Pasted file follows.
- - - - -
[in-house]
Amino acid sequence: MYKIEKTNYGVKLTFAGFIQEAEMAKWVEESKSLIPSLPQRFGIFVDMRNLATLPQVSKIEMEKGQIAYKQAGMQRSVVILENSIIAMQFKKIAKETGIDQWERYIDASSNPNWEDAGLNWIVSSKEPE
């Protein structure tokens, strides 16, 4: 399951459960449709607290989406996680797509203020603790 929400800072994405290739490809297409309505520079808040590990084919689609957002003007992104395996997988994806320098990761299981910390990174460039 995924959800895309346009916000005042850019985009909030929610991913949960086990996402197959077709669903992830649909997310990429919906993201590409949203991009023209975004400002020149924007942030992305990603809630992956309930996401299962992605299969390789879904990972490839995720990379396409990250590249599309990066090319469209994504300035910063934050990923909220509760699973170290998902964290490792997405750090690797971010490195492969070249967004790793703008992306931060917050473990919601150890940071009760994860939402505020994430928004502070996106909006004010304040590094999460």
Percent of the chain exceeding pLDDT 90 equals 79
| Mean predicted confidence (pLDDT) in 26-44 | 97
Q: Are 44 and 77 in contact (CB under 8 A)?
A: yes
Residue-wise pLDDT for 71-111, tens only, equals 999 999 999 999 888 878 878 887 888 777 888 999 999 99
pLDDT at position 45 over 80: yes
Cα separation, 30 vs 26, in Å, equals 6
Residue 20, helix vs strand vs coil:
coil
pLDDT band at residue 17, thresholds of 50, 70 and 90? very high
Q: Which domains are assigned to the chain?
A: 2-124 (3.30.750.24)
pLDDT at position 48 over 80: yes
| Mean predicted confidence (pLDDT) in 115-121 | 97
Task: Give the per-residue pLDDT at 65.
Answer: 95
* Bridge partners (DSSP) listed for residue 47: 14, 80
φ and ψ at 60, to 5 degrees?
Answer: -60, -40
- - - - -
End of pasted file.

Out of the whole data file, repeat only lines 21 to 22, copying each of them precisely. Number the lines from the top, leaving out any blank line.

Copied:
φ and ψ at 60, to 5 degrees?
Answer: -60, -40